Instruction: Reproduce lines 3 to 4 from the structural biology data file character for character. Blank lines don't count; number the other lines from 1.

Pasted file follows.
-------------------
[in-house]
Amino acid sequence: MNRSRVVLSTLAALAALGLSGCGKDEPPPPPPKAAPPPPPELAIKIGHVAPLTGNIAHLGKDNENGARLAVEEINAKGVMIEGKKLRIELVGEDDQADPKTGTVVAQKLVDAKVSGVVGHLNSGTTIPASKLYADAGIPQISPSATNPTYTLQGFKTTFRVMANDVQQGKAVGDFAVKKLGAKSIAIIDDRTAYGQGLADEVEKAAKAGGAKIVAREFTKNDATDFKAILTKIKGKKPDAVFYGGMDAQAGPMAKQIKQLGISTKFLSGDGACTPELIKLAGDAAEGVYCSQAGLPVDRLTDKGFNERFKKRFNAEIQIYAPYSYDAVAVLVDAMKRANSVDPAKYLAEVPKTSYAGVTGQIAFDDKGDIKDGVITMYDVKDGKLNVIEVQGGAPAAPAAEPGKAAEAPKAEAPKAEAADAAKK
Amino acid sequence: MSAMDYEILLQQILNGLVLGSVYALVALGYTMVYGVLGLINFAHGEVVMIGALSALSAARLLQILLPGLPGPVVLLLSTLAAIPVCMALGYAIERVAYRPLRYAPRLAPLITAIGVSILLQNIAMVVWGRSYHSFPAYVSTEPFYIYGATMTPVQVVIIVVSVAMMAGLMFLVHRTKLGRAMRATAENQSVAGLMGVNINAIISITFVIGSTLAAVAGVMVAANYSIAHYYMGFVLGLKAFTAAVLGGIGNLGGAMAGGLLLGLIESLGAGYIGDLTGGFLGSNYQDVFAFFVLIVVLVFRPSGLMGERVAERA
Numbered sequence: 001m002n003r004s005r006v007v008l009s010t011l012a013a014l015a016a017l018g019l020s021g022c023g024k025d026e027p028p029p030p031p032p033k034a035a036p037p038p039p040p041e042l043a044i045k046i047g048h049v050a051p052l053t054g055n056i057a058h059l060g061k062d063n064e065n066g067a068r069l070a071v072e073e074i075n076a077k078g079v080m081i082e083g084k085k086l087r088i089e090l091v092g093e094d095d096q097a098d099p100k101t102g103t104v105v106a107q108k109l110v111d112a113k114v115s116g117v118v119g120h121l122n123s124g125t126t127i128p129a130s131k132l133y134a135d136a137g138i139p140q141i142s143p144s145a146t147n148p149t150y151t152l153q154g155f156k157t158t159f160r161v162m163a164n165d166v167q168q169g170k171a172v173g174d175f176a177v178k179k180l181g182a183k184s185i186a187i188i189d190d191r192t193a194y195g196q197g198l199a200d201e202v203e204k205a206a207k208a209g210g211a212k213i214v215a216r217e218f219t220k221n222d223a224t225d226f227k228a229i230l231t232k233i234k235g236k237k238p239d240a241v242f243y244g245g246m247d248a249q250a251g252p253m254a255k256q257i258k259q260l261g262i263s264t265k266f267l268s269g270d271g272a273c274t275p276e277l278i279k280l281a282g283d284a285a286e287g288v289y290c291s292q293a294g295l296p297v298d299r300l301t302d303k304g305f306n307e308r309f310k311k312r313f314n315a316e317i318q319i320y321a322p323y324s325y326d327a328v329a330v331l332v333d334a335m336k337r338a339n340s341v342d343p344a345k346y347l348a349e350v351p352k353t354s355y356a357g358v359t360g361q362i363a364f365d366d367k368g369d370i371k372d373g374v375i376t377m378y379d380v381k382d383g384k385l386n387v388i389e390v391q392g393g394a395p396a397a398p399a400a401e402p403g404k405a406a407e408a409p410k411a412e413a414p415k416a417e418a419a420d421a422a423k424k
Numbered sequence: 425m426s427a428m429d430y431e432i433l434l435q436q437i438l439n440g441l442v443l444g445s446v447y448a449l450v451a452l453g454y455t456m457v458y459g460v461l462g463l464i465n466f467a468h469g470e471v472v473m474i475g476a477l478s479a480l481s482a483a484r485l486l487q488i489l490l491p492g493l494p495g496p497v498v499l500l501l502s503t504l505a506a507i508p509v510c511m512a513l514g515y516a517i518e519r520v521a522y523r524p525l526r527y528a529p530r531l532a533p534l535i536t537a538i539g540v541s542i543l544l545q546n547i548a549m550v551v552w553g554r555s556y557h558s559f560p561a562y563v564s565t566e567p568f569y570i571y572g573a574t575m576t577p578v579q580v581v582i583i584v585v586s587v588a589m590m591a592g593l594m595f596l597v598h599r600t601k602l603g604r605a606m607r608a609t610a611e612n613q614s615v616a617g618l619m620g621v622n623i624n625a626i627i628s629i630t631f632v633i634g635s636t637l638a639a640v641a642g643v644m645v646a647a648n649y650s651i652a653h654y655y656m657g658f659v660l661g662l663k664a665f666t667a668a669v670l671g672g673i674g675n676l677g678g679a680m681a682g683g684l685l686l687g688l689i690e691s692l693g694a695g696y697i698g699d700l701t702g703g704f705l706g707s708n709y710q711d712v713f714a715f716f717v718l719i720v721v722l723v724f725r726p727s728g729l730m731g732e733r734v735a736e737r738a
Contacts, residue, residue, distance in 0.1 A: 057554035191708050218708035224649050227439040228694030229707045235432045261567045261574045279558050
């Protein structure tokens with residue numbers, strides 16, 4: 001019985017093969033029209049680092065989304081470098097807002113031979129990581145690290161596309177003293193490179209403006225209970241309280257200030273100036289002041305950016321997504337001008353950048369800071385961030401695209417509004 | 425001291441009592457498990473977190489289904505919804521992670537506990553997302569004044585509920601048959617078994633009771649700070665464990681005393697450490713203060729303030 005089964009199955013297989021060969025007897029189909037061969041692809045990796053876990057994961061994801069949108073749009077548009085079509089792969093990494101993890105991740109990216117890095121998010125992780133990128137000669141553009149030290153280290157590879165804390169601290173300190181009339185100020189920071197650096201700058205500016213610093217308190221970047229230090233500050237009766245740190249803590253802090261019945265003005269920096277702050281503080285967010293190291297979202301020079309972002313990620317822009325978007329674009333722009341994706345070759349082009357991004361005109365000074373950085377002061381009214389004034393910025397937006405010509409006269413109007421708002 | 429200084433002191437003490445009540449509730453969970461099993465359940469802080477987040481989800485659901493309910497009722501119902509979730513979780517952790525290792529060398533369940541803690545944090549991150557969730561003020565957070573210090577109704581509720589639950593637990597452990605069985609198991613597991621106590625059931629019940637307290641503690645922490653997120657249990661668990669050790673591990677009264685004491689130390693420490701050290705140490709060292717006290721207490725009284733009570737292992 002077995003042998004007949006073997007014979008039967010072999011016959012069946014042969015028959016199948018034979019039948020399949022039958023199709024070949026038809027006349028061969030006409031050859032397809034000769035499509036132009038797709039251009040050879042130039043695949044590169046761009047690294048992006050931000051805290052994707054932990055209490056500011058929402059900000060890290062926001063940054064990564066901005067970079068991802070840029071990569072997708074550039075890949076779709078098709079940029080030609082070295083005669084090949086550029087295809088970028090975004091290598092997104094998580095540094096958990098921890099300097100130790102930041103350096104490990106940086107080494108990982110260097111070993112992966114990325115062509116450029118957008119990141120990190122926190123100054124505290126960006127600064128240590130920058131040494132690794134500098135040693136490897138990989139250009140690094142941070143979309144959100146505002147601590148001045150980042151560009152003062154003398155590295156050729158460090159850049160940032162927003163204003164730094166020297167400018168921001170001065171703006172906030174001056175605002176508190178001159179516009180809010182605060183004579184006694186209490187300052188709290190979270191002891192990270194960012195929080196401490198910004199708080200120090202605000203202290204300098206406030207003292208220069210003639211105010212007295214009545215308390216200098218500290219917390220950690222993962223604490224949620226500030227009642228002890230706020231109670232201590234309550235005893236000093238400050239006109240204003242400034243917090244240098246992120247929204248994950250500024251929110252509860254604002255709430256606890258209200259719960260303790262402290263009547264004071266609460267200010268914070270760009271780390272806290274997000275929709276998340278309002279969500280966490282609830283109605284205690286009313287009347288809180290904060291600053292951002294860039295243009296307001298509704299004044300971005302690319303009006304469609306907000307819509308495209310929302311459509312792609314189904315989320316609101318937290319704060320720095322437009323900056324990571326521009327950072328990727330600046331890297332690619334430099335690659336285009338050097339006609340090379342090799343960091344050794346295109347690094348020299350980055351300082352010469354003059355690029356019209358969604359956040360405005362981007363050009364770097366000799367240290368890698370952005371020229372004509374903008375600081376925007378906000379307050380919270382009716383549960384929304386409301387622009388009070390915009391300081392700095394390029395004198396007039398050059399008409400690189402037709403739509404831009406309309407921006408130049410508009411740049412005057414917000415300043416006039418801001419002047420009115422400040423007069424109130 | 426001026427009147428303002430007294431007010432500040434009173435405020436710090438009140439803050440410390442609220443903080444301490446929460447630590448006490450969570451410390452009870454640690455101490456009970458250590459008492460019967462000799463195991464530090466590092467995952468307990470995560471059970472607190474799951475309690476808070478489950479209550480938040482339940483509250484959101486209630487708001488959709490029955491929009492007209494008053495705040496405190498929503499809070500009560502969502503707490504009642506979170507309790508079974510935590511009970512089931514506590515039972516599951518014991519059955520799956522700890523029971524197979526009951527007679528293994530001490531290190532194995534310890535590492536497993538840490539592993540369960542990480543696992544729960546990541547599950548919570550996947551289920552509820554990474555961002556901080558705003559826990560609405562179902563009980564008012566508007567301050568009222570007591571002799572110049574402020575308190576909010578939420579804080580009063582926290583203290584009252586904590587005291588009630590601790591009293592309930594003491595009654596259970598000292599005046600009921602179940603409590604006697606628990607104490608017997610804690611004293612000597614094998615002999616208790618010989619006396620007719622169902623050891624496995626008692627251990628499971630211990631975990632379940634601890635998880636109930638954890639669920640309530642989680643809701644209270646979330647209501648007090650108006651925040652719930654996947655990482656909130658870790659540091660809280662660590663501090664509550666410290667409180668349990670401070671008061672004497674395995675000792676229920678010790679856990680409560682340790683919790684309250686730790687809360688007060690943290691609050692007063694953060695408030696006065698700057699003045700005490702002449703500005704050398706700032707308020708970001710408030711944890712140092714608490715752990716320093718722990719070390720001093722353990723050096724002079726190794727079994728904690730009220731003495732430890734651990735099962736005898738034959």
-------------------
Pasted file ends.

Amino acid sequence: MSAMDYEILLQQILNGLVLGSVYALVALGYTMVYGVLGLINFAHGEVVMIGALSALSAARLLQILLPGLPGPVVLLLSTLAAIPVCMALGYAIERVAYRPLRYAPRLAPLITAIGVSILLQNIAMVVWGRSYHSFPAYVSTEPFYIYGATMTPVQVVIIVVSVAMMAGLMFLVHRTKLGRAMRATAENQSVAGLMGVNINAIISITFVIGSTLAAVAGVMVAANYSIAHYYMGFVLGLKAFTAAVLGGIGNLGGAMAGGLLLGLIESLGAGYIGDLTGGFLGSNYQDVFAFFVLIVVLVFRPSGLMGERVAERA
Numbered sequence: 001m002n003r004s005r006v007v008l009s010t011l012a013a014l015a016a017l018g019l020s021g022c023g024k025d026e027p028p029p030p031p032p033k034a035a036p037p038p039p040p041e042l043a044i045k046i047g048h049v050a051p052l053t054g055n056i057a058h059l060g061k062d063n064e065n066g067a068r069l070a071v072e073e074i075n076a077k078g079v080m081i082e083g084k085k086l087r088i089e090l091v092g093e094d095d096q097a098d099p100k101t102g103t104v105v106a107q108k109l110v111d112a113k114v115s116g117v118v119g120h121l122n123s124g125t126t127i128p129a130s131k132l133y134a135d136a137g138i139p140q141i142s143p144s145a146t147n148p149t150y151t152l153q154g155f156k157t158t159f160r161v162m163a164n165d166v167q168q169g170k171a172v173g174d175f176a177v178k179k180l181g182a183k184s185i186a187i188i189d190d191r192t193a194y195g196q197g198l199a200d201e202v203e204k205a206a207k208a209g210g211a212k213i214v215a216r217e218f219t220k221n222d223a224t225d226f227k228a229i230l231t232k233i234k235g236k237k238p239d240a241v242f243y244g245g246m247d248a249q250a251g252p253m254a255k256q257i258k259q260l261g262i263s264t265k266f267l268s269g270d271g272a273c274t275p276e277l278i279k280l281a282g283d284a285a286e287g288v289y290c291s292q293a294g295l296p297v298d299r300l301t302d303k304g305f306n307e308r309f310k311k312r313f314n315a316e317i318q319i320y321a322p323y324s325y326d327a328v329a330v331l332v333d334a335m336k337r338a339n340s341v342d343p344a345k346y347l348a349e350v351p352k353t354s355y356a357g358v359t360g361q362i363a364f365d366d367k368g369d370i371k372d373g374v375i376t377m378y379d380v381k382d383g384k385l386n387v388i389e390v391q392g393g394a395p396a397a398p399a400a401e402p403g404k405a406a407e408a409p410k411a412e413a414p415k416a417e418a419a420d421a422a423k424k